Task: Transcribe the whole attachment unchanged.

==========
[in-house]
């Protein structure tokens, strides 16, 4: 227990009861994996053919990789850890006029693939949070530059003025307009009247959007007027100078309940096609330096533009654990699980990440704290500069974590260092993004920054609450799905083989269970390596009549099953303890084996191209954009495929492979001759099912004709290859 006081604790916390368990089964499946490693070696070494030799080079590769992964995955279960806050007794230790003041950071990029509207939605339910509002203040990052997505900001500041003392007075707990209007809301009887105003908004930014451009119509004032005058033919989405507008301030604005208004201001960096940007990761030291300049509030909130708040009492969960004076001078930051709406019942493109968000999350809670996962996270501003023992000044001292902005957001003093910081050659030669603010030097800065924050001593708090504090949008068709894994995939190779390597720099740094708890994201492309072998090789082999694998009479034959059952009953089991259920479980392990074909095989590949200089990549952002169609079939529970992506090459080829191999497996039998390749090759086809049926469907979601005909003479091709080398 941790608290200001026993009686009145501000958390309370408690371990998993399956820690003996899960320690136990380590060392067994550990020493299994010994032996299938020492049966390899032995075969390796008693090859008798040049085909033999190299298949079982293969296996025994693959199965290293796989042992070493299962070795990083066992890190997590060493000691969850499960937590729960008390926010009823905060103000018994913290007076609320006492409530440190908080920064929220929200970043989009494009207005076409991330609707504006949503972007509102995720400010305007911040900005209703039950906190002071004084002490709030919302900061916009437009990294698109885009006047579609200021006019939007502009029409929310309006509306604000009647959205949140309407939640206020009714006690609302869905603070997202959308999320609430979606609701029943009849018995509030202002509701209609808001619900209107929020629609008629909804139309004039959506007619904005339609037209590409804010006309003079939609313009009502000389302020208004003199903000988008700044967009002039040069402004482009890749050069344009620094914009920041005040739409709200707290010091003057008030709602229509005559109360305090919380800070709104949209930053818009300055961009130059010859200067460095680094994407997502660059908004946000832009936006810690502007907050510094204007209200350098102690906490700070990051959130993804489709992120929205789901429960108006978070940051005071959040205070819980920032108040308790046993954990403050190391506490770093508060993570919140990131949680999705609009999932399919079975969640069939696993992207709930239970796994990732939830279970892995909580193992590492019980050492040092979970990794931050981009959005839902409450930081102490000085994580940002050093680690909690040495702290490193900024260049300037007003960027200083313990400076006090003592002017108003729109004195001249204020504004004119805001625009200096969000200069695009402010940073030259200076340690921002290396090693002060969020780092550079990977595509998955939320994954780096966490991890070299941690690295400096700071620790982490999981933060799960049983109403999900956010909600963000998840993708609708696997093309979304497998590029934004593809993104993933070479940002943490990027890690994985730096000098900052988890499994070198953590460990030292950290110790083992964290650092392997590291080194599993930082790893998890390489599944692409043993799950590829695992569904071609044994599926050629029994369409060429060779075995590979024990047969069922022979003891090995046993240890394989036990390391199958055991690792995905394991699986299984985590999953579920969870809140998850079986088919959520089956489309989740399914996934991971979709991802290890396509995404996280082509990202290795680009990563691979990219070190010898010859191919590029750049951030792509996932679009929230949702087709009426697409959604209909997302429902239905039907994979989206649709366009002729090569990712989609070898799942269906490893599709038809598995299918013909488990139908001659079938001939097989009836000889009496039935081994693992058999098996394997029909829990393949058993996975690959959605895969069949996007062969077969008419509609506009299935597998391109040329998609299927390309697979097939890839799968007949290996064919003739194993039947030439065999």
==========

[in-house]
């Protein structure tokens, strides 16, 4: 227990009861994996053919990789850890006029693939949070530059003025307009009247959007007027100078309940096609330096533009654990699980990440704290500069974590260092993004920054609450799905083989269970390596009549099953303890084996191209954009495929492979001759099912004709290859 006081604790916390368990089964499946490693070696070494030799080079590769992964995955279960806050007794230790003041950071990029509207939605339910509002203040990052997505900001500041003392007075707990209007809301009887105003908004930014451009119509004032005058033919989405507008301030604005208004201001960096940007990761030291300049509030909130708040009492969960004076001078930051709406019942493109968000999350809670996962996270501003023992000044001292902005957001003093910081050659030669603010030097800065924050001593708090504090949008068709894994995939190779390597720099740094708890994201492309072998090789082999694998009479034959059952009953089991259920479980392990074909095989590949200089990549952002169609079939529970992506090459080829191999497996039998390749090759086809049926469907979601005909003479091709080398 941790608290200001026993009686009145501000958390309370408690371990998993399956820690003996899960320690136990380590060392067994550990020493299994010994032996299938020492049966390899032995075969390796008693090859008798040049085909033999190299298949079982293969296996025994693959199965290293796989042992070493299962070795990083066992890190997590060493000691969850499960937590729960008390926010009823905060103000018994913290007076609320006492409530440190908080920064929220929200970043989009494009207005076409991330609707504006949503972007509102995720400010305007911040900005209703039950906190002071004084002490709030919302900061916009437009990294698109885009006047579609200021006019939007502009029409929310309006509306604000009647959205949140309407939640206020009714006690609302869905603070997202959308999320609430979606609701029943009849018995509030202002509701209609808001619900209107929020629609008629909804139309004039959506007619904005339609037209590409804010006309003079939609313009009502000389302020208004003199903000988008700044967009002039040069402004482009890749050069344009620094914009920041005040739409709200707290010091003057008030709602229509005559109360305090919380800070709104949209930053818009300055961009130059010859200067460095680094994407997502660059908004946000832009936006810690502007907050510094204007209200350098102690906490700070990051959130993804489709992120929205789901429960108006978070940051005071959040205070819980920032108040308790046993954990403050190391506490770093508060993570919140990131949680999705609009999932399919079975969640069939696993992207709930239970796994990732939830279970892995909580193992590492019980050492040092979970990794931050981009959005839902409450930081102490000085994580940002050093680690909690040495702290490193900024260049300037007003960027200083313990400076006090003592002017108003729109004195001249204020504004004119805001625009200096969000200069695009402010940073030259200076340690921002290396090693002060969020780092550079990977595509998955939320994954780096966490991890070299941690690295400096700071620790982490999981933060799960049983109403999900956010909600963000998840993708609708696997093309979304497998590029934004593809993104993933070479940002943490990027890690994985730096000098900052988890499994070198953590460990030292950290110790083992964290650092392997590291080194599993930082790893998890390489599944692409043993799950590829695992569904071609044994599926050629029994369409060429060779075995590979024990047969069922022979003891090995046993240890394989036990390391199958055991690792995905394991699986299984985590999953579920969870809140998850079986088919959520089956489309989740399914996934991971979709991802290890396509995404996280082509990202290795680009990563691979990219070190010898010859191919590029750049951030792509996932679009929230949702087709009426697409959604209909997302429902239905039907994979989206649709366009002729090569990712989609070898799942269906490893599709038809598995299918013909488990139908001659079938001939097989009836000889009496039935081994693992058999098996394997029909829990393949058993996975690959959605895969069949996007062969077969008419509609506009299935597998391109040329998609299927390309697979097939890839799968007949290996064919003739194993039947030439065999």